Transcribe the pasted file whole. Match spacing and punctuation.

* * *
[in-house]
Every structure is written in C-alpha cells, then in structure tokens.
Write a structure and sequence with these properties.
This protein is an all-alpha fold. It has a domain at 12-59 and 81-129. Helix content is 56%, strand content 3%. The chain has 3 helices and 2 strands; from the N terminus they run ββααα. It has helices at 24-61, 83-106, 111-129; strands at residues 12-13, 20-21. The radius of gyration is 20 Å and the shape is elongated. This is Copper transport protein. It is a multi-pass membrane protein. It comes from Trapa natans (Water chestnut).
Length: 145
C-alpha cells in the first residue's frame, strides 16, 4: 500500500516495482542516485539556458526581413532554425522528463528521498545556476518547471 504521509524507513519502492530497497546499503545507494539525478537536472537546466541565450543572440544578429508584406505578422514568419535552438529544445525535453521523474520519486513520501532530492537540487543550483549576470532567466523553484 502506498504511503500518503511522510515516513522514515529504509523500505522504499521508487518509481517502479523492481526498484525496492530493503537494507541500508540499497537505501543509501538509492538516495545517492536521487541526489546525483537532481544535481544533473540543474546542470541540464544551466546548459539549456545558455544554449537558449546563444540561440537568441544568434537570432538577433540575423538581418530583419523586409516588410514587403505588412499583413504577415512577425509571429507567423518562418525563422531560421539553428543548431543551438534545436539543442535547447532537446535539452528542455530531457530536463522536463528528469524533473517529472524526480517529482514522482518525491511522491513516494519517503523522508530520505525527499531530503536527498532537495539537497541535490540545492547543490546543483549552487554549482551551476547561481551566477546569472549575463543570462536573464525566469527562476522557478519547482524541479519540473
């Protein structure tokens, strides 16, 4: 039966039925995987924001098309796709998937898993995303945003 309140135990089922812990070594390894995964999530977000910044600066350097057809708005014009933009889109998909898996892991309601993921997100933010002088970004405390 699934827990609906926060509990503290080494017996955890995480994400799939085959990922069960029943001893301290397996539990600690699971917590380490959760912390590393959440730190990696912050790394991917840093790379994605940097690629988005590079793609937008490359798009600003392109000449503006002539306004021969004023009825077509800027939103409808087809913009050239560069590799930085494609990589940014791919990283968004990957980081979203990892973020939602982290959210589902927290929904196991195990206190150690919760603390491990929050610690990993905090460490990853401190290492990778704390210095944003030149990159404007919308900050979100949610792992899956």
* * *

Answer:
[in-house]
Every structure is written in C-alpha cells, then in structure tokens.
Write a structure and sequence with these properties.
This protein is an all-alpha fold. It has a domain at 12-59 and 81-129. Helix content is 56%, strand content 3%. The chain has 3 helices and 2 strands; from the N terminus they run ββααα. It has helices at 24-61, 83-106, 111-129; strands at residues 12-13, 20-21. The radius of gyration is 20 Å and the shape is elongated. This is Copper transport protein. It is a multi-pass membrane protein. It comes from Trapa natans (Water chestnut).
Length: 145
C-alpha cells in the first residue's frame, strides 16, 4: 500500500516495482542516485539556458526581413532554425522528463528521498545556476518547471 504521509524507513519502492530497497546499503545507494539525478537536472537546466541565450543572440544578429508584406505578422514568419535552438529544445525535453521523474520519486513520501532530492537540487543550483549576470532567466523553484 502506498504511503500518503511522510515516513522514515529504509523500505522504499521508487518509481517502479523492481526498484525496492530493503537494507541500508540499497537505501543509501538509492538516495545517492536521487541526489546525483537532481544535481544533473540543474546542470541540464544551466546548459539549456545558455544554449537558449546563444540561440537568441544568434537570432538577433540575423538581418530583419523586409516588410514587403505588412499583413504577415512577425509571429507567423518562418525563422531560421539553428543548431543551438534545436539543442535547447532537446535539452528542455530531457530536463522536463528528469524533473517529472524526480517529482514522482518525491511522491513516494519517503523522508530520505525527499531530503536527498532537495539537497541535490540545492547543490546543483549552487554549482551551476547561481551566477546569472549575463543570462536573464525566469527562476522557478519547482524541479519540473
């Protein structure tokens, strides 16, 4: 039966039925995987924001098309796709998937898993995303945003 309140135990089922812990070594390894995964999530977000910044600066350097057809708005014009933009889109998909898996892991309601993921997100933010002088970004405390 699934827990609906926060509990503290080494017996955890995480994400799939085959990922069960029943001893301290397996539990600690699971917590380490959760912390590393959440730190990696912050790394991917840093790379994605940097690629988005590079793609937008490359798009600003392109000449503006002539306004021969004023009825077509800027939103409808087809913009050239560069590799930085494609990589940014791919990283968004990957980081979203990892973020939602982290959210589902927290929904196991195990206190150690919760603390491990929050610690990993905090460490990853401190290492990778704390210095944003030149990159404007919308900050979100949610792992899956």